With the pendulum action of the putting stroke, its arc would normally be below the Centre of gravity below the sternum.  As we are leaning forward at the hips, the Centre of gravity is out from the Centre of the stance towards the balls of the feet.

If we move the ball forward in our stance so that it is 2” left of the sternum target side, we can ensure that the putter face strikes the ball as it is ascending out of the bottom of its arc.  This promotes an end over end roll which, will help the ball stay online.


The next thing we need to consider is creating a stable platform, with our feet between the shoulder and hip width apart.  with our weight being distributed evenly through the arches.

You will see some golfers putting with their feet very close together, Ricky Fowler being a good example. This can cause the lower body to be less stable and allow side to side movement and rotation of the body.  This would be harmful to your ability to make consistent contact with the sweet spot of the putter face and your ability to control distance. A wider stance helps to keep the lower body quite during the stroke and more stable in windier conditions.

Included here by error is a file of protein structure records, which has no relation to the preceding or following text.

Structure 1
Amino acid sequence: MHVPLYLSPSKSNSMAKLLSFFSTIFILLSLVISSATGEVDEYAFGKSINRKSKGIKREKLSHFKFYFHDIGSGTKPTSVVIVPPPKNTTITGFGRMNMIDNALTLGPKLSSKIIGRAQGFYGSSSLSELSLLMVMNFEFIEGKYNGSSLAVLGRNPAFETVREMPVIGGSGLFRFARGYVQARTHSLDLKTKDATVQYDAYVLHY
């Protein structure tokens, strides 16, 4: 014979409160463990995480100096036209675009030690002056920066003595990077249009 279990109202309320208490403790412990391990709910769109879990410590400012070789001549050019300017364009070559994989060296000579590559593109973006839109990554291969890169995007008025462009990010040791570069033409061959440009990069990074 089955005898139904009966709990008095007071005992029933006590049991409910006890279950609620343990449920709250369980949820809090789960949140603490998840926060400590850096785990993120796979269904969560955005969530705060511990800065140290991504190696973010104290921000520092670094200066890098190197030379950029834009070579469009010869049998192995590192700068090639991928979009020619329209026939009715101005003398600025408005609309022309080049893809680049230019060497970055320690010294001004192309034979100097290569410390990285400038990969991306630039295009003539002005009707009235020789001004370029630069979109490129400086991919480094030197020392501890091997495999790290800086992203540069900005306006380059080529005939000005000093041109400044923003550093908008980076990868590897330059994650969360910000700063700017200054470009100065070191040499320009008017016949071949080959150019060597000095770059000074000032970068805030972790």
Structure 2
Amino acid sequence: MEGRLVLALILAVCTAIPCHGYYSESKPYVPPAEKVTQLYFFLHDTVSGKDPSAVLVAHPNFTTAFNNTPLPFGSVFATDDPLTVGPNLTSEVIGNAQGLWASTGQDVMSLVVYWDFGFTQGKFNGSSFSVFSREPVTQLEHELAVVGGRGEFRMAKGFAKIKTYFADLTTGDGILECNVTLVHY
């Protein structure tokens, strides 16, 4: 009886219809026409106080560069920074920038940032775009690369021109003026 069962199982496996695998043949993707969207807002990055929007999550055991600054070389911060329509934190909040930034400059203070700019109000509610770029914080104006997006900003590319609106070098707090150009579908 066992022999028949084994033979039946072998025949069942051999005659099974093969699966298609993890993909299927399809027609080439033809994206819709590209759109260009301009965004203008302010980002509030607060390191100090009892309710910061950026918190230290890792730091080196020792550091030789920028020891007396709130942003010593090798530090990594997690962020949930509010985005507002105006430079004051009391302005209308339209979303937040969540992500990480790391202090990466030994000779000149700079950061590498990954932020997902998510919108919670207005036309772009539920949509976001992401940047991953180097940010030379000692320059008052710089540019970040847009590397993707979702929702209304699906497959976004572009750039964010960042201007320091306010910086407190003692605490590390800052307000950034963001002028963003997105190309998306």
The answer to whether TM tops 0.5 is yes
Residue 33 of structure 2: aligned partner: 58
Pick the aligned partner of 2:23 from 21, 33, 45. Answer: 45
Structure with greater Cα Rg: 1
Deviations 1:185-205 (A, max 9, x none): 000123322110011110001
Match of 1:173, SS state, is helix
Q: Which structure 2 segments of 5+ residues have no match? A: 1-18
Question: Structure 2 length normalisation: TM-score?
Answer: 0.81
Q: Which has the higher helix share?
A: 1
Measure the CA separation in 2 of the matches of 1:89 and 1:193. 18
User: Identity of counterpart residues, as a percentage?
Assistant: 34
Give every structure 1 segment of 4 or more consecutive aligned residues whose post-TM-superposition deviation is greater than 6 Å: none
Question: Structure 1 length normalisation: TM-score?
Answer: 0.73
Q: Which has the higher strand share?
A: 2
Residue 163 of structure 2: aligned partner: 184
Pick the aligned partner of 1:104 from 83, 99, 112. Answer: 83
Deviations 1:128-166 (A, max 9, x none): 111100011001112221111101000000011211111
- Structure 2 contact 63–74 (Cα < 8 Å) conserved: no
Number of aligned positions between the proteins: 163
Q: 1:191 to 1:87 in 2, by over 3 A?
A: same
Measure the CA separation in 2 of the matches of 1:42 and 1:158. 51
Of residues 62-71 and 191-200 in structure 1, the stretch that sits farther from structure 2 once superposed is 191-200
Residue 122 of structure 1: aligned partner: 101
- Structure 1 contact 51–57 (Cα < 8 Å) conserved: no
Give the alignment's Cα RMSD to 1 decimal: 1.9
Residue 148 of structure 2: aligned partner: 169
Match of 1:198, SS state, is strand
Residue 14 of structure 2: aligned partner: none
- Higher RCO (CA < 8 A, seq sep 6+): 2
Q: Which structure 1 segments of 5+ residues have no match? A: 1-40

The art of good putting is ensuring that your ball starts its journey towards the hole, on the line that you have chosen.  The majority, (almost all) golfers putt standing side onto the ball. It is vitally important that you set up your stance parallel to the target line. The target line is not the line between the ball and the hole, it’s the line that the ball needs to travel on, taking the break into consideration.

Therefore, we must ensure that our feet, knees, hips, and shoulders are parallel left of this target line.  A very simple way of checking that is to hold your putter over the ball so that the shaft dissects the ball in the middle.  then check visually that your feet, knees, hips, shoulders, and forearms are all parallel to the target line. Making sure that these flow lines are parallel is crucial, most important is the flow lines of the shoulders and forearms.  There is very little chance of keeping the putter square through impact if the shoulders and forearms are not square and parallel to the target line.


Now that we have adopted our stance around the ball, we need to get our eyes over the target line with the left eye over the ball.  We do this by flexing at the hip and slightly bending the knees.  Rounding of the shoulders also assists in providing stable conditions for the Putting Stroke.